It is hard to imagine our daily lives without plastics made out of polyolefins. Unfortunately, practical methods for recycling of polyolefins are lacking. In the journal Angewandte Chemie, a research team has now introduced a new approach for making novel polyolefins that can be chemically deconstructed and re-polymerized without a loss of quality. The secret to the method is masked double bonds introduced to the polymer chain by means of a so-called “Trojan horse” functional group in the polymer chain.
Polyolefins are stable, light, versatile, and inexpensive plastics made of very long hydrocarbon chains. However, their high stability and durability come with a drawback: after use, polyolefins are extremely persistent in the environment. Mechanical recycling forms products with inferior properties. The high chemical stability of polyolefins also inhibits chemical depolymerization to get back the monomers.
It would be more sustainable to have a circular economy based on alternative, chemically recyclable polyolefins that could be disassembled into smaller fragments, purified, and polymerized again. These smaller fragments are also more likely to be biodegradable if they accidentally enter into the environment. Unlike conventional polyolefins, such polymer chains would need to contain cleavable functional groups. A team led by Geoffrey W. Coates at Cornell University (Ithaca, NY, USA) has now taken a step further down this road. Their novel approach is based on a small number of unsaturated bonds that are built into the polyolefin chains with the help of a “Trojan horse” protecting group.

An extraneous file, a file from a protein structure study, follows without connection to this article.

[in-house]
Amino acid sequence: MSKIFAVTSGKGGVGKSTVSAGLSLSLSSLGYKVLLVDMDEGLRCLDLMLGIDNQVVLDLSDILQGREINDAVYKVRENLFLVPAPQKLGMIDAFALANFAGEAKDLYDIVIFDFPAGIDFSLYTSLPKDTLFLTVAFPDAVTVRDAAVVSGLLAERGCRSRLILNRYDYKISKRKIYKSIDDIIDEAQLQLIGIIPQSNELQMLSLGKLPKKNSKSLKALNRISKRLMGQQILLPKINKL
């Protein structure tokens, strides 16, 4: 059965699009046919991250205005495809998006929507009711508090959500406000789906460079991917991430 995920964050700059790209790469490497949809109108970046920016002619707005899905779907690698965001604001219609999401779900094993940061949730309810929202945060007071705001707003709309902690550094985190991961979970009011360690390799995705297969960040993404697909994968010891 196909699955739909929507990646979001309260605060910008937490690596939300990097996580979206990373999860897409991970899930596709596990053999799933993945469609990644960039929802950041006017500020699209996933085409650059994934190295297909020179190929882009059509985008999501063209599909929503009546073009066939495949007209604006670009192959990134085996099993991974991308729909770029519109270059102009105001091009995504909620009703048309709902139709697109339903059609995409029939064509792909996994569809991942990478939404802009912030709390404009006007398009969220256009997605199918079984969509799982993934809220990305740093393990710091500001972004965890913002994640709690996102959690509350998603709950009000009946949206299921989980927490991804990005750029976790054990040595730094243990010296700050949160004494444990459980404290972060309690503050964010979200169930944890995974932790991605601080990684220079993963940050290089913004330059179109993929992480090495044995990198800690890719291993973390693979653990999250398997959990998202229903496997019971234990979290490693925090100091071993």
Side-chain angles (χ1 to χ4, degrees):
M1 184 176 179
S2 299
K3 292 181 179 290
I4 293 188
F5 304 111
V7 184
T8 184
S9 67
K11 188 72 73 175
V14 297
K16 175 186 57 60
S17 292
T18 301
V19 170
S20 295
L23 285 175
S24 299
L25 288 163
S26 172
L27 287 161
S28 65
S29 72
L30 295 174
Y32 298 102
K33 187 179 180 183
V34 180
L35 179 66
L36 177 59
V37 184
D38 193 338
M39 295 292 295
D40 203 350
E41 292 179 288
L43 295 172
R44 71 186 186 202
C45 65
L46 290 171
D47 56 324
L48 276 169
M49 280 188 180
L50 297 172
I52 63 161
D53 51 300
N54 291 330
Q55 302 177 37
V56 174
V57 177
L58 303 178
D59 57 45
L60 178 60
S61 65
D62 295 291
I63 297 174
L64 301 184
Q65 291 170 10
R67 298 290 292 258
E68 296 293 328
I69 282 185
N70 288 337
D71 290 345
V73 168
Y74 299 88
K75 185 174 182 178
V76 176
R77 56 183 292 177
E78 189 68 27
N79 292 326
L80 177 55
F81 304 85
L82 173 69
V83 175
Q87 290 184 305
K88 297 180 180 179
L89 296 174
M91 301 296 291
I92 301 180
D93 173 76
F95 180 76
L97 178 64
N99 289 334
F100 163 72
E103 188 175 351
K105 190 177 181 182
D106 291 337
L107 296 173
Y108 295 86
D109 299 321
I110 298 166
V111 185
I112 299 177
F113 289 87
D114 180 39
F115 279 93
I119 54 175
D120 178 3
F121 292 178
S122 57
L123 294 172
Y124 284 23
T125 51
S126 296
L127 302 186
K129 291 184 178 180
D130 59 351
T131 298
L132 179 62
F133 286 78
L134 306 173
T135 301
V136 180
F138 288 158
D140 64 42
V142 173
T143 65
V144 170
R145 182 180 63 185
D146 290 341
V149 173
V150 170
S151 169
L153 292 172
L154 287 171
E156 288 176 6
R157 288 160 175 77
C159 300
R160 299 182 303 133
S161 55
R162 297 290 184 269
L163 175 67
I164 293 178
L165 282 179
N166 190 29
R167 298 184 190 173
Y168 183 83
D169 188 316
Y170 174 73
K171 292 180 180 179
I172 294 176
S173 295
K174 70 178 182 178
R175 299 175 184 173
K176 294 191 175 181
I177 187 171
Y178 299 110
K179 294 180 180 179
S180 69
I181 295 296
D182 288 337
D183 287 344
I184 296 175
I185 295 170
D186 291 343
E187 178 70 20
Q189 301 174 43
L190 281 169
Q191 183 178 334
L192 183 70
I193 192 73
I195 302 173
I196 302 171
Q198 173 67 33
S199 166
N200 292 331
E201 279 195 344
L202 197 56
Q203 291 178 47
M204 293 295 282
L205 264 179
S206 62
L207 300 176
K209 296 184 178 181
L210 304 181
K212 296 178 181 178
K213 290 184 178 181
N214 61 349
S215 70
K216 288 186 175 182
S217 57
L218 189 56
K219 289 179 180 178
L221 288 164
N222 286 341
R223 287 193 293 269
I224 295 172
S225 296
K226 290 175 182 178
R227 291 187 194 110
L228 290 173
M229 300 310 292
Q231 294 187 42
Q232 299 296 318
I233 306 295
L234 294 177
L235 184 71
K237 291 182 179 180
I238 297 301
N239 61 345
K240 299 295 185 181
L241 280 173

To do so, the team polymerizes ethylene to polyethylene in the presence of a special cyclic co-monomer (oxa-norbornadiene). Heating the copolymer causes the Trojan horse to “open up”; the rings are then cleaved with a retro Diels–Alder reaction, leaving behind a double bond in the polymer chain. The distance between the double bonds in the polymer backbone can be controlled by varying the amount of co-monomer in the feed.
In a reaction known as olefin cross-metathesis, the chains are split apart at the double bonds and attached to another molecule (2-hydroxyethyl acrylate) forming smaller chains with reactive groups at the ends. These macromonomers are then linked back together to form PE with low amounts of ester bonds.
By this method, the team was able to produce polymers with thermal and mechanical properties corresponding to those of high-density polyethylene (HDPE), a very important and widely used plastic. In contrast to HDPE, the new material has ester linkages along the polymer backbone. When recycled, the polymer chains can be chemically split at the ester bonds to regenerate the original macromonomers. After purification, these can be repolymerized again, without a loss in quality.
About the Author
Geoffrey W. Coates is the Tisch University Professor in the Department of Chemistry and Chemical Biology at Cornell University. He has worked in the area of sustainable polymers for over 25 years, and is a member of the US National Academy of Sciences.
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